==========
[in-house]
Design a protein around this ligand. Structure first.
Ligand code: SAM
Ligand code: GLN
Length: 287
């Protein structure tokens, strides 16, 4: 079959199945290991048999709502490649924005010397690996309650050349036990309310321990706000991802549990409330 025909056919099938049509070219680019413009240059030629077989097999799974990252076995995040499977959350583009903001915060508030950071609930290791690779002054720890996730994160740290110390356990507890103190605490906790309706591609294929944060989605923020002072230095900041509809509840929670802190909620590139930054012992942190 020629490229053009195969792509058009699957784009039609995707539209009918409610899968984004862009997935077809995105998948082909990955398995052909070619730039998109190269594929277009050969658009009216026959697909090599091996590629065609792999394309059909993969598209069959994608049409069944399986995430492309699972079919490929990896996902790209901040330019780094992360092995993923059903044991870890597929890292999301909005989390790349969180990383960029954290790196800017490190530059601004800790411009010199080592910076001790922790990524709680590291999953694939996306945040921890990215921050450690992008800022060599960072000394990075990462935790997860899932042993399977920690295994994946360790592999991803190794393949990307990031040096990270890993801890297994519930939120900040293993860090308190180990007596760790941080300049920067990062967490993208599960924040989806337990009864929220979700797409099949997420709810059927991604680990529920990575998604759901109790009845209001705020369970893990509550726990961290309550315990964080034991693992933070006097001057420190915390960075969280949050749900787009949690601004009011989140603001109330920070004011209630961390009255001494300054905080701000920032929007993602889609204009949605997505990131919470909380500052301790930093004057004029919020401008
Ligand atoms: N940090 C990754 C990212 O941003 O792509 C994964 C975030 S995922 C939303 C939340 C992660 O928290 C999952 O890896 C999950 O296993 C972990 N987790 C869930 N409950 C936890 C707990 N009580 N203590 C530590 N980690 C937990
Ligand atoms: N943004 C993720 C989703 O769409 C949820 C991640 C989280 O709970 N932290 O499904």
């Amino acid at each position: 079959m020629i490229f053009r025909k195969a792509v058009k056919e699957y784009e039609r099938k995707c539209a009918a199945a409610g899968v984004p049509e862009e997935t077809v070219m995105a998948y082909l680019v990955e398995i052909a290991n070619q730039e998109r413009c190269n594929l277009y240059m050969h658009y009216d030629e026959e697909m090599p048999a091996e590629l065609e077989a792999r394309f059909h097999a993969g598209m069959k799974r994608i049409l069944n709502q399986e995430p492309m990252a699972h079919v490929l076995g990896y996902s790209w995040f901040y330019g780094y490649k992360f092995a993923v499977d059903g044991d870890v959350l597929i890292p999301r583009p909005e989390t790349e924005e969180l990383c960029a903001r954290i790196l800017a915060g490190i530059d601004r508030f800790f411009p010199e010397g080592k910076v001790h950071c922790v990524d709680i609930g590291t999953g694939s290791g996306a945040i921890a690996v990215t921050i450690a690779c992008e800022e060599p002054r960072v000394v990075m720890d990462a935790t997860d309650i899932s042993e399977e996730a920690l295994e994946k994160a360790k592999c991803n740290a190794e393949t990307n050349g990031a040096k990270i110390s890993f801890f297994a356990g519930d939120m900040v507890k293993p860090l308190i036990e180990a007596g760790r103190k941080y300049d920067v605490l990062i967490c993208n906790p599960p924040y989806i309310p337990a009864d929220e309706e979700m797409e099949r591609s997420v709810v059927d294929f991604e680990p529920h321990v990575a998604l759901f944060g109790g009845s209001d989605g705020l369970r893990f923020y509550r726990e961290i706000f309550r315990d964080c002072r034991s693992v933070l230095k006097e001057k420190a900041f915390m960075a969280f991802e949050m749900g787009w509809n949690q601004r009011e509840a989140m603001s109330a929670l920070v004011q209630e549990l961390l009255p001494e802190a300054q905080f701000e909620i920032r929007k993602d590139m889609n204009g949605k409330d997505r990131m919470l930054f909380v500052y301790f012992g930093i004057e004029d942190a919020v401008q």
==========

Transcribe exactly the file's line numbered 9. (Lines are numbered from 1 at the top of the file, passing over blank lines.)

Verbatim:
């Amino acid at each position: 079959m020629i490229f053009r025909k195969a792509v058009k056919e699957y784009e039609r099938k995707c539209a009918a199945a409610g899968v984004p049509e862009e997935t077809v070219m995105a998948y082909l680019v990955e398995i052909a290991n070619q730039e998109r413009c190269n594929l277009y240059m050969h658009y009216d030629e026959e697909m090599p048999a091996e590629l065609e077989a792999r394309f059909h097999a993969g598209m069959k799974r994608i049409l069944n709502q399986e995430p492309m990252a699972h079919v490929l076995g990896y996902s790209w995040f901040y330019g780094y490649k992360f092995a993923v499977d059903g044991d870890v959350l597929i890292p999301r583009p909005e989390t790349e924005e969180l990383c960029a903001r954290i790196l800017a915060g490190i530059d601004r508030f800790f411009p010199e010397g080592k910076v001790h950071c922790v990524d709680i609930g590291t999953g694939s290791g996306a945040i921890a690996v990215t921050i450690a690779c992008e800022e060599p002054r960072v000394v990075m720890d990462a935790t997860d309650i899932s042993e399977e996730a920690l295994e994946k994160a360790k592999c991803n740290a190794e393949t990307n050349g990031a040096k990270i110390s890993f801890f297994a356990g519930d939120m900040v507890k293993p860090l308190i036990e180990a007596g760790r103190k941080y300049d920067v605490l990062i967490c993208n906790p599960p924040y989806i309310p337990a009864d929220e309706e979700m797409e099949r591609s997420v709810v059927d294929f991604e680990p529920h321990v990575a998604l759901f944060g109790g009845s209001d989605g705020l369970r893990f923020y509550r726990e961290i706000f309550r315990d964080c002072r034991s693992v933070l230095k006097e001057k420190a900041f915390m960075a969280f991802e949050m749900g787009w509809n949690q601004r009011e509840a989140m603001s109330a929670l920070v004011q209630e549990l961390l009255p001494e802190a300054q905080f701000e909620i920032r929007k993602d590139m889609n204009g949605k409330d997505r990131m919470l930054f909380v500052y301790f012992g930093i004057e004029d942190a919020v401008q």